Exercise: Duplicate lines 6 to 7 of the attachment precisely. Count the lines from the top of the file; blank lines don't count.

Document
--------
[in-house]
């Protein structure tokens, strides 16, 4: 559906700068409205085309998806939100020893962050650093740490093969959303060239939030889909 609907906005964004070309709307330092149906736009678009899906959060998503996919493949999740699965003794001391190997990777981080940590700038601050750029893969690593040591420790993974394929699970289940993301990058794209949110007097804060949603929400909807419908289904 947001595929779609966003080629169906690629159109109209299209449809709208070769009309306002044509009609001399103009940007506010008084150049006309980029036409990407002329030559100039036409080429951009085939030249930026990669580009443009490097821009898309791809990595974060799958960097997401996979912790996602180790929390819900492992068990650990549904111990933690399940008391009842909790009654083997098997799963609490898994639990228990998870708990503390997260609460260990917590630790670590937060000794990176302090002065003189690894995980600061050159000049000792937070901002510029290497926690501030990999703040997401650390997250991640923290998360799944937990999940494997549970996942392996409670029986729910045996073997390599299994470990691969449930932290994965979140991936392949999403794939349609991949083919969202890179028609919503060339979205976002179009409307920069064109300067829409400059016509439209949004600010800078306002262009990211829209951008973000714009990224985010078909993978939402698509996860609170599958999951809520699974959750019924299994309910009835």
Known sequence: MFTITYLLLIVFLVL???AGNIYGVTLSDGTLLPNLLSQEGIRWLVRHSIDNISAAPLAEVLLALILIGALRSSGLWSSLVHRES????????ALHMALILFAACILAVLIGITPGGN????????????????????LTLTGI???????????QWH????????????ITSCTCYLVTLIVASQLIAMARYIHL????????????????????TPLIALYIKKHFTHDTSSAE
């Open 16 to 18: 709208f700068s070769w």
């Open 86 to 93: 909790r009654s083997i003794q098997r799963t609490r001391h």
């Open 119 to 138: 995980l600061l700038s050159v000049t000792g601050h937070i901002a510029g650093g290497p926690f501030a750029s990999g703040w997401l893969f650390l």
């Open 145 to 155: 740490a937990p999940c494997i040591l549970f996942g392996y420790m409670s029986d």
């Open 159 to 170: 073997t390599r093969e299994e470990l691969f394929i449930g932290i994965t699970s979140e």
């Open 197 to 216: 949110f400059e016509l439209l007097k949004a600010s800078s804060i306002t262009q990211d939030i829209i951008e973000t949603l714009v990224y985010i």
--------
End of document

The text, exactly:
């Open 119 to 138: 995980l600061l700038s050159v000049t000792g601050h937070i901002a510029g650093g290497p926690f501030a750029s990999g703040w997401l893969f650390l």
């Open 145 to 155: 740490a937990p999940c494997i040591l549970f996942g392996y420790m409670s029986d």